|This poem is a good example of
an elegy; it mourns a death. This of course is a sad subject, but it shows
that the poet realizes this is the life cycle and he will be able to visit
his friend long after his death. Remember that poetry can help us remember
, capture, and celebrate what matters to us, and the poem will last to
remind ourselves and others for eternity.
Please listen as I read the poem.
Now take out your pencils, reread the poem to yourself and mark
the following features by underlining and writing in the margin.
- Underline five words in the poem that tells the reader indirectly
that the deceased friend is a dog.
- Notice that the voice is an I speaking to a you.
- The author uses vignettes: little stories that show Ben and Buster
in action and suggest what their relationship was like. Circle one of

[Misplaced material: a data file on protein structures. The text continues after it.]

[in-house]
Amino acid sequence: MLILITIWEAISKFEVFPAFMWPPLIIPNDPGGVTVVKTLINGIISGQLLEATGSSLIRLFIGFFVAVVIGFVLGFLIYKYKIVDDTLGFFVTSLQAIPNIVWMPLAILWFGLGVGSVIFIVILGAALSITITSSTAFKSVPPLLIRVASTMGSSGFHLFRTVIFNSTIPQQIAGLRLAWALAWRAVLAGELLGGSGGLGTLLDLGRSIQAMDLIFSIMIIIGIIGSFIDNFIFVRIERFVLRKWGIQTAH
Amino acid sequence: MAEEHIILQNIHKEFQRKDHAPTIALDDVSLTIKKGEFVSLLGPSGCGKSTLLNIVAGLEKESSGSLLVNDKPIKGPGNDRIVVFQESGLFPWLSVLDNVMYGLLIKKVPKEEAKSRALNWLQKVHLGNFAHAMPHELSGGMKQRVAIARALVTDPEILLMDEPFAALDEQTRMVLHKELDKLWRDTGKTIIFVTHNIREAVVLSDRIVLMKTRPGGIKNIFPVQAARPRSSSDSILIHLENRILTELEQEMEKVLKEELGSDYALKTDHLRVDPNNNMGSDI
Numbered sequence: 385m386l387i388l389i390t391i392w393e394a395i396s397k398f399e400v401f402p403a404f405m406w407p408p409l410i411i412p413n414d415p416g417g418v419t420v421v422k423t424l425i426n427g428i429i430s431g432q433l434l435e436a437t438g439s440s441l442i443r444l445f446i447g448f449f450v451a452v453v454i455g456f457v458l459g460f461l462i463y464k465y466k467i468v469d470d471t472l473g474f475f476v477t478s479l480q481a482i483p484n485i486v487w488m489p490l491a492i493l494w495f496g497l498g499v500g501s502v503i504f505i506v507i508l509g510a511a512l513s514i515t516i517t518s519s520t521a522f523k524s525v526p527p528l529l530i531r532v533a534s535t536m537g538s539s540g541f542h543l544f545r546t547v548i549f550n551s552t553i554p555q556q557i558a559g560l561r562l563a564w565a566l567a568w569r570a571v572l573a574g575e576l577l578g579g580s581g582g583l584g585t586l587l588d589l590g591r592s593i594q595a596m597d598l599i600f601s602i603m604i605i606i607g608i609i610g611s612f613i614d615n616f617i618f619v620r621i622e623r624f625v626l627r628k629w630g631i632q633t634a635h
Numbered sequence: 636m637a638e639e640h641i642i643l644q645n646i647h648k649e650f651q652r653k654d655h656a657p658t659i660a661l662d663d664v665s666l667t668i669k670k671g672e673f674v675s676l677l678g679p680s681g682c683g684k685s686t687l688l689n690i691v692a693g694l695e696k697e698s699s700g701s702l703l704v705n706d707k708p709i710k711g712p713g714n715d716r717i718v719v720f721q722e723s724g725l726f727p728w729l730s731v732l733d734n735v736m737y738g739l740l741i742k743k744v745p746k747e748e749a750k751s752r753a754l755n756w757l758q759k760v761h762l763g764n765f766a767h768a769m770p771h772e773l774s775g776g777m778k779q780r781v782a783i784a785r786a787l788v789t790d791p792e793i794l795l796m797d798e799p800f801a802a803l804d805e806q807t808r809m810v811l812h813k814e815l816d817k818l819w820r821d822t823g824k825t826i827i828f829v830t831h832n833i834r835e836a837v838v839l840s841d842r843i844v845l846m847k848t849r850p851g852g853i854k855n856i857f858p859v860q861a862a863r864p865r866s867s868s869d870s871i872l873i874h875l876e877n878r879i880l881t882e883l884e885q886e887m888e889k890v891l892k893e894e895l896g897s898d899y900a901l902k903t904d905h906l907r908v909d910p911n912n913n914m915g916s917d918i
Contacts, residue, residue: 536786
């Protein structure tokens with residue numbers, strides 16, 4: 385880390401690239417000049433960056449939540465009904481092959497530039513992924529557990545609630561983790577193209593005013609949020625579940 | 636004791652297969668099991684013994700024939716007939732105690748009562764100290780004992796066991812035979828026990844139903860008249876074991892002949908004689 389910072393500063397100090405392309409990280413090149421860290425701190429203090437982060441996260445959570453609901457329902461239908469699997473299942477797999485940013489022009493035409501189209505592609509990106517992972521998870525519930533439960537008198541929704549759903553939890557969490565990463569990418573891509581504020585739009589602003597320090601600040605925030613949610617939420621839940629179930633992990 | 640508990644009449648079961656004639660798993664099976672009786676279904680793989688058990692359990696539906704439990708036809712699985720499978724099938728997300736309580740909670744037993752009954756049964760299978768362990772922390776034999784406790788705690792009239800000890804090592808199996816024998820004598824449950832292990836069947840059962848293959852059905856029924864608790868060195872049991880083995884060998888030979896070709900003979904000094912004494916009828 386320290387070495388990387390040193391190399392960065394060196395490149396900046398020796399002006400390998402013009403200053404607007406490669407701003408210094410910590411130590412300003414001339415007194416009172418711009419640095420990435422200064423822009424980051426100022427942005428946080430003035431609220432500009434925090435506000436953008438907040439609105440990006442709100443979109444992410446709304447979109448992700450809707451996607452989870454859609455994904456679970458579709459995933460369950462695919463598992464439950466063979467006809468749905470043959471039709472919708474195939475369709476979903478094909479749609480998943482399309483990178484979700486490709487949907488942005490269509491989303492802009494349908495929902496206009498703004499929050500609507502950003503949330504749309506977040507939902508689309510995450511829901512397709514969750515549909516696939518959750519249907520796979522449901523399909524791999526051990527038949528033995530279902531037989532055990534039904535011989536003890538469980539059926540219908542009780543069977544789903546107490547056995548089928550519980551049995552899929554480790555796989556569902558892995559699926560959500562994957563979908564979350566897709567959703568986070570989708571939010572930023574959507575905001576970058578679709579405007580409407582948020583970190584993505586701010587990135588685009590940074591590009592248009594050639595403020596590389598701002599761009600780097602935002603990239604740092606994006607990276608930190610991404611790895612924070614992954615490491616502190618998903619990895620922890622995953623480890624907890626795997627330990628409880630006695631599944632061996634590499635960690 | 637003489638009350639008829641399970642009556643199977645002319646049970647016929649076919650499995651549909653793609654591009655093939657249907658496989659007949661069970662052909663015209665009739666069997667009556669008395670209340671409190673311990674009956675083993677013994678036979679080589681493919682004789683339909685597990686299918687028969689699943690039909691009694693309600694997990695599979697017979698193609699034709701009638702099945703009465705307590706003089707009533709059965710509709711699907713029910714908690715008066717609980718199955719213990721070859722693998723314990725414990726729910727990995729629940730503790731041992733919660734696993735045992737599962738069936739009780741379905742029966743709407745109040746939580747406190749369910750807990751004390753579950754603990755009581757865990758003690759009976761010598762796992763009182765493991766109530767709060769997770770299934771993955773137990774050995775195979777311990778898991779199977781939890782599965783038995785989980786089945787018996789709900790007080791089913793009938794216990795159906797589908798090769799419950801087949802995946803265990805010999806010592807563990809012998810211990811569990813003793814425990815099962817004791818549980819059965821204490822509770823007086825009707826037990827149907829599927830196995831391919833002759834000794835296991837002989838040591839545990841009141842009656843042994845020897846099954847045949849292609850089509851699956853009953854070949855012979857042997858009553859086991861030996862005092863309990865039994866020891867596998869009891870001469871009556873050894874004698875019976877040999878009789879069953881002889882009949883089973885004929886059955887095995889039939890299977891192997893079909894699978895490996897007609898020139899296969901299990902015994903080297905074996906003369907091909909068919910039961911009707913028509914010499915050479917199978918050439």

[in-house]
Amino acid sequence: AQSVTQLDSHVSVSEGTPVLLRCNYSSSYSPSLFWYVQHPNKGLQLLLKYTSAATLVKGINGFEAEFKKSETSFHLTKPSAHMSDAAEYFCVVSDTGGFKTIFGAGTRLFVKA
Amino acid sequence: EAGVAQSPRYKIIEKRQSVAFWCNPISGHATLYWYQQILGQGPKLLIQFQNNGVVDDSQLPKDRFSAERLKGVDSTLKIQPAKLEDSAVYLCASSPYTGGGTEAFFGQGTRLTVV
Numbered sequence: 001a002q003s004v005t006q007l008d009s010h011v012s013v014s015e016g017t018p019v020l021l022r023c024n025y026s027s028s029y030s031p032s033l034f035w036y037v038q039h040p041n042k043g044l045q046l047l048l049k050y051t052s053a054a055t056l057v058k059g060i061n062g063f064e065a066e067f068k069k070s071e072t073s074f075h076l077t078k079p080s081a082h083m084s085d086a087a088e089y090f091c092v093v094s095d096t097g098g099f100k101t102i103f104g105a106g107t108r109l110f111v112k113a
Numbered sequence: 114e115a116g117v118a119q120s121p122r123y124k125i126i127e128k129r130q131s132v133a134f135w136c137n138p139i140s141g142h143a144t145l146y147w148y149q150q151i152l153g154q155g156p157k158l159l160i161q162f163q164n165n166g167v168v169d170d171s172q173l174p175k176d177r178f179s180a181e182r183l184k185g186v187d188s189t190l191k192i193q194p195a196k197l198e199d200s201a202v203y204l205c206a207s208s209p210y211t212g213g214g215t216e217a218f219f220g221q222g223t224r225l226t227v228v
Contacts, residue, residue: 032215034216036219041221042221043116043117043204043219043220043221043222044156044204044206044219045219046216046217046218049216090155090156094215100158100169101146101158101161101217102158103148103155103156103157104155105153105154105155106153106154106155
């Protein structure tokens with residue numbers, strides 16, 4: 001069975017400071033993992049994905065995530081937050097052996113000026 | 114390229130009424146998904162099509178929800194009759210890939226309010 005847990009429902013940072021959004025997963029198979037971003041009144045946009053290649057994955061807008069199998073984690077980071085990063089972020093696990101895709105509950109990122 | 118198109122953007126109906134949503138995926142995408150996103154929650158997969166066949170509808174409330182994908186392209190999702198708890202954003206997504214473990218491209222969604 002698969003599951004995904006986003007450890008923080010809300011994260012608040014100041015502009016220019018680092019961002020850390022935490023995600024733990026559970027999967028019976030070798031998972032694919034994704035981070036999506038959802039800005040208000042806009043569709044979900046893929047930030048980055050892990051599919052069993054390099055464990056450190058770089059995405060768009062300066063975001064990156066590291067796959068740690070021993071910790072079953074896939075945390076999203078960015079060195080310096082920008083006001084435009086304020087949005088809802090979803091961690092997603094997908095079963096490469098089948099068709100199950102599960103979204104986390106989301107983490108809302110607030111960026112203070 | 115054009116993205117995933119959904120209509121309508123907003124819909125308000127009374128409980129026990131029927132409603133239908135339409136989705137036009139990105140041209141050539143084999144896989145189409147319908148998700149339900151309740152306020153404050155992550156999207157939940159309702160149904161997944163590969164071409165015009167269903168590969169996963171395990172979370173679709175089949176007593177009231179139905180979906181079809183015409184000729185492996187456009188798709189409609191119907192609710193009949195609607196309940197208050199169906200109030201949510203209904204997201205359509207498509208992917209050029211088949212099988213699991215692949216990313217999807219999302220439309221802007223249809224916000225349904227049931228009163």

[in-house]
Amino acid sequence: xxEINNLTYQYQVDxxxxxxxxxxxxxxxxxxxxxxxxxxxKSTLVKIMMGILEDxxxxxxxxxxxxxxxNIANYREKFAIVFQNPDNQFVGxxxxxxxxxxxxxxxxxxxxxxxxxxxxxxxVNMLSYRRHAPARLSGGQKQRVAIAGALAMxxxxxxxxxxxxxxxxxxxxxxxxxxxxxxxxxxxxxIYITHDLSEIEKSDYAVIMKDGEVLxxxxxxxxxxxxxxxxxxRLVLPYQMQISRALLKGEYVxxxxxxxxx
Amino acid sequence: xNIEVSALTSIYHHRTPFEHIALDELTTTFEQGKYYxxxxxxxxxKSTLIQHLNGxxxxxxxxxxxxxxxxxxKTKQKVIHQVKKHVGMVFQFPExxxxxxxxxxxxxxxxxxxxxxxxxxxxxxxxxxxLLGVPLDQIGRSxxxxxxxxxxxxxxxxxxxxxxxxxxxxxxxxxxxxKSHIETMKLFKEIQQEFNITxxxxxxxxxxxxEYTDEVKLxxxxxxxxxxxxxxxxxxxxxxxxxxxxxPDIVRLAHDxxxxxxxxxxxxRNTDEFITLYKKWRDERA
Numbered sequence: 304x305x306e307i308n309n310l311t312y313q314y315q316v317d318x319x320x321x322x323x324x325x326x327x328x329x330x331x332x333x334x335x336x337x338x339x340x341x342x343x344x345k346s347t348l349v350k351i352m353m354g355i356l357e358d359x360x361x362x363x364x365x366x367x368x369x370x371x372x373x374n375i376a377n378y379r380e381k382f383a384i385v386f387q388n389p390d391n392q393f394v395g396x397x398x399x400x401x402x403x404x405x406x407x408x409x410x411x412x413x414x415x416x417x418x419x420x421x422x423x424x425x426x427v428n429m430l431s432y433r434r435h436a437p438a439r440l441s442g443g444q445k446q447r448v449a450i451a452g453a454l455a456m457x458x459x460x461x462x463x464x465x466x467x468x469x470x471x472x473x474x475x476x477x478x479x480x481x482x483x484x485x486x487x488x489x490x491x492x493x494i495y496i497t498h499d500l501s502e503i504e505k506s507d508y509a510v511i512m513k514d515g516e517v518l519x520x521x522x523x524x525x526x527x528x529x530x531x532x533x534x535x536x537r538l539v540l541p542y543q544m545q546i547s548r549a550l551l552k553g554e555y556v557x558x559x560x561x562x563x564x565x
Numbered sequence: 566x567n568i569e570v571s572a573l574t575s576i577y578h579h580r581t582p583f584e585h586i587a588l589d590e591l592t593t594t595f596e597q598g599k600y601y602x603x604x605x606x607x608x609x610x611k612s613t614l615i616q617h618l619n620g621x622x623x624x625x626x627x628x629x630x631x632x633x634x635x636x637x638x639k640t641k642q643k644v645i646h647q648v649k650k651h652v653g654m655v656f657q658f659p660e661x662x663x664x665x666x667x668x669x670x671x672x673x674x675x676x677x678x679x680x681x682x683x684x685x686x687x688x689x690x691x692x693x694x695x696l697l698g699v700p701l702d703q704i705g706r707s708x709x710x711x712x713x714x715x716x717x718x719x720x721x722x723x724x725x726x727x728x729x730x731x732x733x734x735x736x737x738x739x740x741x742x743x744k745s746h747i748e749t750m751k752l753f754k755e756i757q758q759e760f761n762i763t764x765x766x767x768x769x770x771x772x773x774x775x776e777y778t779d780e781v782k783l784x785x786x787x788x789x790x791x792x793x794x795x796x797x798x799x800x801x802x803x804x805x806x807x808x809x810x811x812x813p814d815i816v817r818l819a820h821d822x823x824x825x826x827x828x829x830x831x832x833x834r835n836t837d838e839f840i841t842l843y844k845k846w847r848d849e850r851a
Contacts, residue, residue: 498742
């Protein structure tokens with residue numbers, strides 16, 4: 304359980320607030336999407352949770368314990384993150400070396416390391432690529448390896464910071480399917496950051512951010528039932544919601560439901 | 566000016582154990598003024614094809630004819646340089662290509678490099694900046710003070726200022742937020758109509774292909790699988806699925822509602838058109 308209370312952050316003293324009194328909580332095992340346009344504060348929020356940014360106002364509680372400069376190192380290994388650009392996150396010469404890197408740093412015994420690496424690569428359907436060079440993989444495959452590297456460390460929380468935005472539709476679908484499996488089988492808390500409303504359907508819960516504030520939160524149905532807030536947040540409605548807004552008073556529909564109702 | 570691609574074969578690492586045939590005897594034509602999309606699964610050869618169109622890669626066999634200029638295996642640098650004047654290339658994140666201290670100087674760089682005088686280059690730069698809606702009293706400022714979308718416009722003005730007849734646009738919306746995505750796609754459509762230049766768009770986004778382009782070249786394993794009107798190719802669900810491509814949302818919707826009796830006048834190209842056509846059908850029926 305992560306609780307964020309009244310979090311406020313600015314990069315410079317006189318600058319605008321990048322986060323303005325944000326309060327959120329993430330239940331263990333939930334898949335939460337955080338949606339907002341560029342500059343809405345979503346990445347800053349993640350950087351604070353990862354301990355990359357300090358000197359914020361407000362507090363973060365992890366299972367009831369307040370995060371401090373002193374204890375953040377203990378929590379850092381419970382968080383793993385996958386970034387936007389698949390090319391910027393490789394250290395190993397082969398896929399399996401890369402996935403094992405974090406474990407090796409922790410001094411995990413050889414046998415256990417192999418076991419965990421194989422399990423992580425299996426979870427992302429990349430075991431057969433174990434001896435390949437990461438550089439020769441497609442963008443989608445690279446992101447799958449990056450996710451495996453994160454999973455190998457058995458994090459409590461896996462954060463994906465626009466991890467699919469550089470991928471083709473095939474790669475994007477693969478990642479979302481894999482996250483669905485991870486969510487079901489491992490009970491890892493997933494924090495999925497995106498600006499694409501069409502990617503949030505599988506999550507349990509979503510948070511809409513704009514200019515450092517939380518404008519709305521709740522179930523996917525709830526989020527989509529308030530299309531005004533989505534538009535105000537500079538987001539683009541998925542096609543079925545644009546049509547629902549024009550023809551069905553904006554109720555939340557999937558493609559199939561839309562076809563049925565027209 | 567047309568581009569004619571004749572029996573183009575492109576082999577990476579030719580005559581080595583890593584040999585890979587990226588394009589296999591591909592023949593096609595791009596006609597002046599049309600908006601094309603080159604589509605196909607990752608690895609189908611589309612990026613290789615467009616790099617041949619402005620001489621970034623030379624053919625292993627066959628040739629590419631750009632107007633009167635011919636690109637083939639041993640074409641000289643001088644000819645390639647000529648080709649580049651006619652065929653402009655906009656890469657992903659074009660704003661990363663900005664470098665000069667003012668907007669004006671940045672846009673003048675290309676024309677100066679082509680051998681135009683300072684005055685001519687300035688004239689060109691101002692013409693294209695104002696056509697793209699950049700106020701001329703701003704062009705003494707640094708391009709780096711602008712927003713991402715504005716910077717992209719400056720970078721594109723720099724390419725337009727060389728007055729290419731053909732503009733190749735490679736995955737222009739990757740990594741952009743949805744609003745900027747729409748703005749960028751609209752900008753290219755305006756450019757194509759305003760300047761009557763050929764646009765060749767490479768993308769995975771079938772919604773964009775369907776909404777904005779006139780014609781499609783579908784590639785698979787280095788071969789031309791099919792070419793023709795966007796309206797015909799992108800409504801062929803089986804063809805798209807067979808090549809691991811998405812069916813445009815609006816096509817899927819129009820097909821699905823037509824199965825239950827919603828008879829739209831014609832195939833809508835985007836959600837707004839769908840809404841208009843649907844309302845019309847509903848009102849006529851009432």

- Find two examples of sensory language; appeals to sight, hearing,
taste, touch, feelings. Put a square around them.
- Mark three of your favorite lines
- Notice the evocative things in the final stanza; Tell a partner how
you feel after you read them. (the field, the dog's bed, the piano, the
dandelions, and the grave.
- Which words affected you the deepest?
- What part is the saddest for you?
- What is a Johnny-jump-up?
- What part shows the most love between the two?
- Why is You capitalized?
- What was the man doing in the first stanza? Where is the dog?
- Write your own elegy of a lost pet or even a person that you
remember fondly. Remember to use sensory images and figurative language.
Based on Nancie Atwell's lesson plan.
Remembrance of a Friend
My sight is blurred by tears
as we walk to the field.
I wish you were beside me,
your paws padding the ground,
your pink tongue tasting the air.
Your life was long.
You, who babysat me
when I was nine months old,
watching me bounce
in my johnny-jump-up,
only your eyes moving
as you pretended not to notice
when I landed on your snout.
You, who Dad lifted
and plopped on the sled
so you could slide down
the driveway with me,
my hands burrowed
in black fur,
your ears drawn back
by the icy wind.
You, my dog Buster,
who will be buried in the field
along with your bed that lived
under the piano,
so in the springtime
dandelions will grow
over your grave.